Incremental reforms will not work, for several reasons. They are nowhere near the necessary speed, and will settle for the least common denominator. They purport to address critical issues that have become lightning rods, like ISDS, and the social harms by gender, labour, environment, and indigenous rights, by cosmetic clip-ons that change nothing. Digging us deeper into the regime is not a fix. Instead, it will extend the time needed for larger scale paradigmatic reform.

Consider two of the most pressing challenges to that system. You can’t shoehorn climatechange into the existing regime. Equally, digital technologies are bringing a fundamental transformation to which old models of trade, investment, even intellectual property no longer apply. You can’t address the opportunities and challenges this poses by tinkering. We need to move from the economic reality of the past to a future based on a different
paradigm.

We have to fill the vacuum of leadership before others do. We have seen radical change before – in the post-depression era of Keynesian welfarism and the neoliberalism of the 1970s. If progressive ideas are not yet in vogue then we need to create intellectual framework and build movements to generate a momentum for ideas, communicate them, create political will, and make sure our ideas are on the table. Otherwise the void will be filled by the ‘corporations-first’ model of recent decades, or an America-first model competing for ascendancy with an equally self-interested China.

We have the capacity to do that, but it is part of a larger political and social project. We need to re-empower governments because they have outsourced so much of what needs to be done and make sure that policy and regulatory space is not closed off by even more deals. But it is not enough to reassert the role of the state. States are not benign. Their alignment with capital and political and economic elites has to be constantly contested.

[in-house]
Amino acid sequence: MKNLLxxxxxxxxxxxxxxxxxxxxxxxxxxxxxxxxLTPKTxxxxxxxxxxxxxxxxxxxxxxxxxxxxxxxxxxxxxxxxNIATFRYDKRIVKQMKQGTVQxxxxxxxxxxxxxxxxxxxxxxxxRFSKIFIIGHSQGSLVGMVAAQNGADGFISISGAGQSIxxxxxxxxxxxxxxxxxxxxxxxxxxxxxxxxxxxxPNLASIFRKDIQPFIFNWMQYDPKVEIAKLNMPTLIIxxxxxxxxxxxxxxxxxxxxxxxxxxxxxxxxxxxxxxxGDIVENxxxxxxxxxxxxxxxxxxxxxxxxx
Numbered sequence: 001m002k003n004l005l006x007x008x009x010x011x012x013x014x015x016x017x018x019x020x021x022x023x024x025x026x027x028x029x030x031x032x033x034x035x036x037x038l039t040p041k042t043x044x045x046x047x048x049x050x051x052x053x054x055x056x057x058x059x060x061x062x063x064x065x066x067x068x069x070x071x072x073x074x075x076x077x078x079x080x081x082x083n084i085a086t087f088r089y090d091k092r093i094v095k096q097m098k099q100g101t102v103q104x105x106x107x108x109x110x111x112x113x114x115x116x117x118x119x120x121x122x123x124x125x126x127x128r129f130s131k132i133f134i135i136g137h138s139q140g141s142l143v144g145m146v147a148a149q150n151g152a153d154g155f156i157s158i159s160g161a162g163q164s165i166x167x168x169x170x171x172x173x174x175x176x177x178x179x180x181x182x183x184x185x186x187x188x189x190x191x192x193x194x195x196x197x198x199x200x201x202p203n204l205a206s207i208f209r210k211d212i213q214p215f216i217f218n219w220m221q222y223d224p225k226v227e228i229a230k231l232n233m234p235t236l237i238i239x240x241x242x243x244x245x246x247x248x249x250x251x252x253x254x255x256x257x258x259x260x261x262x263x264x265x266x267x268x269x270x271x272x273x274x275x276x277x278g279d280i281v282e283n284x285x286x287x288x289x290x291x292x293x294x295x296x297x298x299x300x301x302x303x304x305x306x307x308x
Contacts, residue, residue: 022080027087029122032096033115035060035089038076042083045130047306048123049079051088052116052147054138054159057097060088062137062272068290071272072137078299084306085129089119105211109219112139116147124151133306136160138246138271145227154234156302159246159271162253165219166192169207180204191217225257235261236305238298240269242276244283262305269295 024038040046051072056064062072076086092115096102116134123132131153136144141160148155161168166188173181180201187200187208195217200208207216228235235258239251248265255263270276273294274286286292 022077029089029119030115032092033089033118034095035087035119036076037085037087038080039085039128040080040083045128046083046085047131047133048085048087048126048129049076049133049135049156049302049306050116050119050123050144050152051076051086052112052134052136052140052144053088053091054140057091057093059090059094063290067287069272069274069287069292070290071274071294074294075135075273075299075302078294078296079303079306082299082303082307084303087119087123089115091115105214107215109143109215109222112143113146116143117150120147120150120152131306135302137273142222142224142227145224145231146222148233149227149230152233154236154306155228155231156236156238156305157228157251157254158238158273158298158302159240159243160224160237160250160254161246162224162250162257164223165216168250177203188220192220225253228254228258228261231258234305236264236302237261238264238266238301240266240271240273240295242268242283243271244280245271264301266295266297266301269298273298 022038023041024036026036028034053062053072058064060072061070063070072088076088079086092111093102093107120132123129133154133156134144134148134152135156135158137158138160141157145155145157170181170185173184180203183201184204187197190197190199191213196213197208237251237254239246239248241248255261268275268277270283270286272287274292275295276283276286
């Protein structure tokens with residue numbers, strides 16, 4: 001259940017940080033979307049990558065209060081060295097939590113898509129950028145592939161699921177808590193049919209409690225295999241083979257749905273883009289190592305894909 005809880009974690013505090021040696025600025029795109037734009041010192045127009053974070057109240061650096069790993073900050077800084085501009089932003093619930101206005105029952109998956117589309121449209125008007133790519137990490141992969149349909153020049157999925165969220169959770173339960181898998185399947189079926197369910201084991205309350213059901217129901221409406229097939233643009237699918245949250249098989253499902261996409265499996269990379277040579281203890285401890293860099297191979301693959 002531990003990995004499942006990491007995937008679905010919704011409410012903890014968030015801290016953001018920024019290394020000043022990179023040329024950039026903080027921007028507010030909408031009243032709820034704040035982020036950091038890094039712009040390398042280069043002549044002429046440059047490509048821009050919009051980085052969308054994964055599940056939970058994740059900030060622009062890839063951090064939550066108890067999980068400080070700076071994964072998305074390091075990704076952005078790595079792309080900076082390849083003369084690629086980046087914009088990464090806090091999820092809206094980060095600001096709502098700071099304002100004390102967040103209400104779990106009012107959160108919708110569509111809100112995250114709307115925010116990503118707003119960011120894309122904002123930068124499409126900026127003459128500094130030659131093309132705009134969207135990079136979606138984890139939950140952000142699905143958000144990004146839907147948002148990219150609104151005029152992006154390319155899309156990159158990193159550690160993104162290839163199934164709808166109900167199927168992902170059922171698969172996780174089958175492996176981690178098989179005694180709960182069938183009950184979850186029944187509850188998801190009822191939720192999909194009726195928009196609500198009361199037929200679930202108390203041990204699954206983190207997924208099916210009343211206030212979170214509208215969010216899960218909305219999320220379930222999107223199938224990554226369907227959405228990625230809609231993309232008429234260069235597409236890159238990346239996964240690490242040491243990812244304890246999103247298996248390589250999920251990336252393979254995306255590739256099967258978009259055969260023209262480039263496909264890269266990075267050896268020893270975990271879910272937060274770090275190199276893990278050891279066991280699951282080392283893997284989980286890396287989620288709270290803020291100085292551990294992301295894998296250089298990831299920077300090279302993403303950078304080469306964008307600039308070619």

National regulations can be even worse than the international agreements. Silenced voices – Maori, women, precarious workers, including migrants – which have been systematically disempowered by the state, by corporations and by agreements, need to be genuinely empowered in reformulated economic models and governance processes.

There are also limits to what states can do to address global aspirations and abuses, such as the catastrophic threat of climate change and the private global oligopoly of GAFA and Ali Baba. By default and design, responses to these challenges are being framed by the rules of neoliberal trade and investment treaties. We need global aspirations, based on different visions, values, politics and institutions.

To end with my favourite line from Gramsci: We are in an interregnum. The old regime of international economic agreements is dying. We are surrounded by morbid symptoms of its demise. The new is yet to be born. We don’t know what it will look like. It could be more of the corporate-led agenda that the neoliberalism and financialised capitalism. It could be a battle between the world’s most powerful authoritarian regimes. Or it could be remade
according to fundamental principles of social justice and survival of the planet. The third seems a no-brainer to me.

What might this involve?

I don’t want to pre-empt the discussion at this hui or the ideas you might produce at the end – and Jim Stanford is about to present some ideas of his own. Let me identify a handful of progressive alternatives that are already underway.

The UNCTAD Trade and Development Report cited earlier urges states to revisit the original post-war Havana Charter on which the GATT was based and update it for the digital age. Born of post-war Keynesianism, the Havana Charter recognised the links between labour market conditions, inequality and trade, as well as anticompetitive business practices, monopolistic control and limited access to market. Returning free trade rules to their roots and shedding the non-trade ephemera would be a start.

The UN Human Rights Council is meeting this week to advance its mandate to develop a legally binding international instrument on transnational corporations and human rights. There is an internal battle between the state and NGOs supporting the treaty, mainly from countries that have been targets of investment disputes, and OECD countries led by the EU seeking to sabotage it. New Zealand has not YET participated in this process. If we are looking at real rebalancing by putting people and planet before corporate interests, New
Zeland needs to become involved – on the right side.